Diversified healthcare bellwether Johnson & Johnson (NYSE:JNJ) reported decent third quarter sales trends on October 18, though profits fell. Despite continued tepid near-term results, J&J stands out for its product and sales diversification. And though upside potential remains questionable, the stock has protected investors on the downside. Year-to-date, it is up 5% while the overall market is down about 5%.

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Third Quarter Recap
Sales advanced 6.8% to $16 billion, though operational growth was quite modest at 2.6%. Positive currency fluctuations accounted for 4.2% of the total quarterly growth. International sales improved a healthy 8.3% organically, while positive foreign exchange movements boosted reported overseas growth to 16.4% and 57% of total sales. Domestic trends were more challenging, as sales fell 3.7% to account for 43% of total sales.

By product area, reported medical device sales rose 1.7% and represented close to 40% of the total top line. Pharmaceutical sales represented the next-largest category at more than 37% of total sales. This category saw sales jump 8.9%, as international sales rose 27.5% and offset a 6.1% domestic decline, due primarily to generic competition of bacterial-treatment drug Levaquin. Consumer sales made up the remaining 23% of sales and grew a healthy 4.9%, despite a number of remaining product recalls and "ongoing efforts to enhance quality and manufacturing systems".

A double-digit increase in selling costs and operating selling, marketing and administrative expenses sent operating income down 2.6% to $4.1 billion. Income tax expense also jumped in the double digits and sent net income down 6.3% to $3.2 billion, or $1.15 diluted earnings per share (diluted EPS). However, this still resulted in an impressive net profit margin of 20%. (To learn more about investment quality, check out: Find Investment Quality In The Income Statement.)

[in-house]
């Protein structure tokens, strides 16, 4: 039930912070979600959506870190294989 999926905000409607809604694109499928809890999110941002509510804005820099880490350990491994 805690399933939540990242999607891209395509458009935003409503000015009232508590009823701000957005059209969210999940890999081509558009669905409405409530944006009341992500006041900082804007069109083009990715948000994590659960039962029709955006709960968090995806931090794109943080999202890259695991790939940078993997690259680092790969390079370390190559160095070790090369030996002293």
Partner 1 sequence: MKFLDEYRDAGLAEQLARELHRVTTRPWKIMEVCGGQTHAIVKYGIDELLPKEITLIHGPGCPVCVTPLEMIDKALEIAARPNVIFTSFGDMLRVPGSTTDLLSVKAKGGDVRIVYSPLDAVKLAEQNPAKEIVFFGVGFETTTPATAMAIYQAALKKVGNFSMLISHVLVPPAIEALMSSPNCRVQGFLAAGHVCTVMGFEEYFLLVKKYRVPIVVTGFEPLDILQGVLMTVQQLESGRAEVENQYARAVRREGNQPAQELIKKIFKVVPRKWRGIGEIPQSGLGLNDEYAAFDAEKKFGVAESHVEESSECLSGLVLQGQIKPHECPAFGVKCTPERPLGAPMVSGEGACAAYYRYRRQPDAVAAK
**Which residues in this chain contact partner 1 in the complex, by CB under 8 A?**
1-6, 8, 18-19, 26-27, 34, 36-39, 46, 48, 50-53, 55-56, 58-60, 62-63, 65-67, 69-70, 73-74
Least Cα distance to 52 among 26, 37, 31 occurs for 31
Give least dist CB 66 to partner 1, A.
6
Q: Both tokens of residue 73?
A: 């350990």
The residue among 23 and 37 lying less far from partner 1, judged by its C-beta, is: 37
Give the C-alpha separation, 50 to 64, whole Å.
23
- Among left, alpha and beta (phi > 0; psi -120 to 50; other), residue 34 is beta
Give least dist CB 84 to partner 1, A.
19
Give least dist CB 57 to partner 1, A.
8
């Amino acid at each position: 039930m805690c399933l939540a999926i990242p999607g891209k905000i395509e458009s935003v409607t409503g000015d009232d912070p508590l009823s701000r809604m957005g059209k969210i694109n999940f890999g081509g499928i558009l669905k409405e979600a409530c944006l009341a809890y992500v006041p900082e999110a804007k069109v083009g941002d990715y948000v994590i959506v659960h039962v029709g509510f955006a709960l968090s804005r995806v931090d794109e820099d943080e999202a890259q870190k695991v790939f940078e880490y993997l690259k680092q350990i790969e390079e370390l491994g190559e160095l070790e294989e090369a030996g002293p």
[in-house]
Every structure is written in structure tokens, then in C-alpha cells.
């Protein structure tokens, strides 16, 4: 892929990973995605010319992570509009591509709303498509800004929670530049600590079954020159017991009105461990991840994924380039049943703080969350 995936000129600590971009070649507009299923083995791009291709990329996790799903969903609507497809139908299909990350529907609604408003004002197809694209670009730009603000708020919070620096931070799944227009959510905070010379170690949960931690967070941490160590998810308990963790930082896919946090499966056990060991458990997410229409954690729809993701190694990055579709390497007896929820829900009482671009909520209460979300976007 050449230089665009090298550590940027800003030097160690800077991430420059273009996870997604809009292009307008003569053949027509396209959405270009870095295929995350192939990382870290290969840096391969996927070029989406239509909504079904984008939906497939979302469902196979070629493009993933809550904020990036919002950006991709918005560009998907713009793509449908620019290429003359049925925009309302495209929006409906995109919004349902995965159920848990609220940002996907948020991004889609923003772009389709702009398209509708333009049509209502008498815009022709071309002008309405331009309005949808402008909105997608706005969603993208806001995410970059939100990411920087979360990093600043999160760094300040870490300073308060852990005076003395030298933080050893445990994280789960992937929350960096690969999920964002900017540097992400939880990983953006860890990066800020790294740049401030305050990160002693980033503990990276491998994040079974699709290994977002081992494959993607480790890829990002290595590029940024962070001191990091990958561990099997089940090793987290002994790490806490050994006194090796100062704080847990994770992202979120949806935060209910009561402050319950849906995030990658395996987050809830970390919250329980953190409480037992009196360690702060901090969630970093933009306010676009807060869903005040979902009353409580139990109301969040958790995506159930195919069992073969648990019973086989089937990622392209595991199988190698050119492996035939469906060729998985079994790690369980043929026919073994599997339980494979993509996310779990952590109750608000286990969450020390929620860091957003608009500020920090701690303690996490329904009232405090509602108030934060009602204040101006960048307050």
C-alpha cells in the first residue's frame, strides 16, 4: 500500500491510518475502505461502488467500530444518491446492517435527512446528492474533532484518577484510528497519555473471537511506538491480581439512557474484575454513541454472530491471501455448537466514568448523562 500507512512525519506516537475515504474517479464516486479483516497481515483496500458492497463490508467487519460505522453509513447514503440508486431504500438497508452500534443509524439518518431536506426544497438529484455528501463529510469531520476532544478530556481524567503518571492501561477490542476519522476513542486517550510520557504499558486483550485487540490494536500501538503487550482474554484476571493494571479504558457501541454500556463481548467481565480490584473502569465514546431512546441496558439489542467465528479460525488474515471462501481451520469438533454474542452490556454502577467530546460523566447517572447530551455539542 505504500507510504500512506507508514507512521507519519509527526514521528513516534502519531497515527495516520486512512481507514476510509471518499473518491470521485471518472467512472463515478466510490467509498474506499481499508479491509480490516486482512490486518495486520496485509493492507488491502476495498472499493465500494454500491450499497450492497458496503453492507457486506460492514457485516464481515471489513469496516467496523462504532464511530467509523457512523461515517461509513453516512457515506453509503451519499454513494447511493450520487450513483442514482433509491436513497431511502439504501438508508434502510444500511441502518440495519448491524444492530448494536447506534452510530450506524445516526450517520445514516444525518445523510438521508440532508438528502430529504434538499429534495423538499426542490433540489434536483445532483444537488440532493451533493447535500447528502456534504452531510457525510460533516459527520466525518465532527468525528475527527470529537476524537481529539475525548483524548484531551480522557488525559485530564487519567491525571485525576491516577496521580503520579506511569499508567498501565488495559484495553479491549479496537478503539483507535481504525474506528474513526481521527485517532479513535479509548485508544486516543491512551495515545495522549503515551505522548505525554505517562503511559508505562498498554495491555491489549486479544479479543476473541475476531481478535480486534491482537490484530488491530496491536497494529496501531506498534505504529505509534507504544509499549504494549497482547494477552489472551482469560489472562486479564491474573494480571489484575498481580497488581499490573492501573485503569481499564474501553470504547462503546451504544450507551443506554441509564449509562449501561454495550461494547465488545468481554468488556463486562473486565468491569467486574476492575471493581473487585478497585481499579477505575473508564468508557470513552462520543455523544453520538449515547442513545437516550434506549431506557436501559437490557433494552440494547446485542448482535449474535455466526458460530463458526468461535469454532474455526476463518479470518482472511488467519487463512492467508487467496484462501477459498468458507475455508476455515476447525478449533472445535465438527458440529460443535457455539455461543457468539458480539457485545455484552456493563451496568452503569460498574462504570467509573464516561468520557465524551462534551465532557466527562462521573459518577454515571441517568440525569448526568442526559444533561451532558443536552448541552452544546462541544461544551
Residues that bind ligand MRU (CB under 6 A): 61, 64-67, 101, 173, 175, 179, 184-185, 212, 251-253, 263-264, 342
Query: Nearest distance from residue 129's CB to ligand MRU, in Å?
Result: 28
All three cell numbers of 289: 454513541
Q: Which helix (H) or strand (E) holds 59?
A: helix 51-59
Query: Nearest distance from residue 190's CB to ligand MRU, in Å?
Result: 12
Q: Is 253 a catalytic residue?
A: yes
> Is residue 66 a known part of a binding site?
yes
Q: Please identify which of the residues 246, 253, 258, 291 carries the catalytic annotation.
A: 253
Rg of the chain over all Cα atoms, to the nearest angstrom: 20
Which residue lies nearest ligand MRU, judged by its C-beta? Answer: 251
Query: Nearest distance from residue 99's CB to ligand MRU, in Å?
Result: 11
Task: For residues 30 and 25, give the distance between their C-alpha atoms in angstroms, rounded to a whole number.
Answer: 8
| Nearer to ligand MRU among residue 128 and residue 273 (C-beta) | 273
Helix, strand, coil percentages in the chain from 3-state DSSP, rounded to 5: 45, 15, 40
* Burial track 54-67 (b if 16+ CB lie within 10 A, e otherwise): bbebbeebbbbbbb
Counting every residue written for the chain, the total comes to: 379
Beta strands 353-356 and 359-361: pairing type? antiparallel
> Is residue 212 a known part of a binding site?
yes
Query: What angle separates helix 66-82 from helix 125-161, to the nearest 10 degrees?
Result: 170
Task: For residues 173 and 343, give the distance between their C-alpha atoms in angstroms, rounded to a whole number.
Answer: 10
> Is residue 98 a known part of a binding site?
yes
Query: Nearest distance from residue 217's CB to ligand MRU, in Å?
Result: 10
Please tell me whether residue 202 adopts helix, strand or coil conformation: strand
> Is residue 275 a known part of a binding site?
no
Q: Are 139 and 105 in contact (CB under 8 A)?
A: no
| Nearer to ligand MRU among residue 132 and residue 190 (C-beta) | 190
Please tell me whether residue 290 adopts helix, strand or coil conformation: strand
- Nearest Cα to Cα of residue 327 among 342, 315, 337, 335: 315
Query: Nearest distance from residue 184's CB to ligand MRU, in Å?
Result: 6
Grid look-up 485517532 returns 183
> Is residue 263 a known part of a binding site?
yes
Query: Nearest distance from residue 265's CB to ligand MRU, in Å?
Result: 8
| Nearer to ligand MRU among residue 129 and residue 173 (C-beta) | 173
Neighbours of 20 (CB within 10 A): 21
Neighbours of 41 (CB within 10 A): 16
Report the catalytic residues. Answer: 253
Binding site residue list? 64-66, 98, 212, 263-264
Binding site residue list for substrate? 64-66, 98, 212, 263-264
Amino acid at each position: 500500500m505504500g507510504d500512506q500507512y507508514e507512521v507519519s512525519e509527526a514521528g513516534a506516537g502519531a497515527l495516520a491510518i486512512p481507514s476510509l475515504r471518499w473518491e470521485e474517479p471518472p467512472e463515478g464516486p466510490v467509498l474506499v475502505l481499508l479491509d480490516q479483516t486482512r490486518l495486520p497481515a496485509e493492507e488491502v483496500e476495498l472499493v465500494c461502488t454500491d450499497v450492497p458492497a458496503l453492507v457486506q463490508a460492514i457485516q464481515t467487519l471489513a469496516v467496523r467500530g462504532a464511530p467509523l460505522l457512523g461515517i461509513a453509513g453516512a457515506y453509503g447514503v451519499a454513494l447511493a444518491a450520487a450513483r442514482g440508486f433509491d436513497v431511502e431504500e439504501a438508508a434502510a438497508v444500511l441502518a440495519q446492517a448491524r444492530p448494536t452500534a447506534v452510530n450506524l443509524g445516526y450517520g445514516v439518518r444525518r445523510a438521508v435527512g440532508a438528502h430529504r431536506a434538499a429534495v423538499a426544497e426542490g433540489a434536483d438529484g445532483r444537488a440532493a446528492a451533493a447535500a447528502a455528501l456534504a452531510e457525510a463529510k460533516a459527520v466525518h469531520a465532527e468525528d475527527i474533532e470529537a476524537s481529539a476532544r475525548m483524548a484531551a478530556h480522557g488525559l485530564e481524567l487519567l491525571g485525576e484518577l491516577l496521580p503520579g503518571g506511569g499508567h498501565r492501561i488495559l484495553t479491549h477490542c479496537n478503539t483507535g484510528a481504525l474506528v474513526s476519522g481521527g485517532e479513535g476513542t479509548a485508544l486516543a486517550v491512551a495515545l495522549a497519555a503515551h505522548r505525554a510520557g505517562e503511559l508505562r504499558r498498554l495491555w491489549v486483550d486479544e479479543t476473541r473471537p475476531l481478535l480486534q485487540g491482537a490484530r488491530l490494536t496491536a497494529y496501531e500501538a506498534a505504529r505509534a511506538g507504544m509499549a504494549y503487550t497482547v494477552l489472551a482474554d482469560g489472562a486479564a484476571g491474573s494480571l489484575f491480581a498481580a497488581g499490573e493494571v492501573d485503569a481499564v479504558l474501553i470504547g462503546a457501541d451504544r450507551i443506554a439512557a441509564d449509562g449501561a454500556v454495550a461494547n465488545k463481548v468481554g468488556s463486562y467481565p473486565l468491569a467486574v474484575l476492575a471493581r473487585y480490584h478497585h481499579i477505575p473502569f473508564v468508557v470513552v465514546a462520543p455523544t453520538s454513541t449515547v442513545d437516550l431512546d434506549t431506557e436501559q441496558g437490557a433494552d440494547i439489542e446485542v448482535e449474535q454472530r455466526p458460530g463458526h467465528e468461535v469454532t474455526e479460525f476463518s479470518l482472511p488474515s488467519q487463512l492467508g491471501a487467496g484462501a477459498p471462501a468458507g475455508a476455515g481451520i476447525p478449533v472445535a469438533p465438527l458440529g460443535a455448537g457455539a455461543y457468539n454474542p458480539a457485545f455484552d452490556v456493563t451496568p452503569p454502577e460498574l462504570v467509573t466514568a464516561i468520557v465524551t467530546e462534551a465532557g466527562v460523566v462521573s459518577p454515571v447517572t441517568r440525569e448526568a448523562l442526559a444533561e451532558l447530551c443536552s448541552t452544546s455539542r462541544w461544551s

J&J expects to report full-year earnings between $4.95 and $5 diluted EPS, excluding the impact of special items. Analysts currently project full-year sales growth of 6% and total sales of more than $65 billion.

Bottom Line
J&J trades at a reasonable forward P/E of 13 and sports an above-average dividend yield of 3.5%. However, growth in recent years has been an issue. Over the past three years, sales have barely budged, though earnings are up close to 10% annually on average. The five-year figures show stronger annual sales growth of 4%, but weaker profit growth of below 7%.

Compared to pure-play pharmaceutical rivals including Pfizer (NYSE:PFE) and Merck (NYSE:MRK), J&J has a clearer growth profile, though this is due in good part to its non-pharma divisions. The consumer unit should eventually see a sales rebound from a surprising number of product recalls and manufacturing deficiencies. The medical device unit also continues to benefit from strong demand and acquisitions, though pure-play rival Medtronic (NYSE:MDT) currently looks like a better bet at less than 10 times forward earnings. But J&J still represents one of the best ways to play a broad array of healthcare product categories across the globe. Abbott Laboratories (NYSE:ABT) is an equally compelling play and trades at a forward P/E of just over 11.

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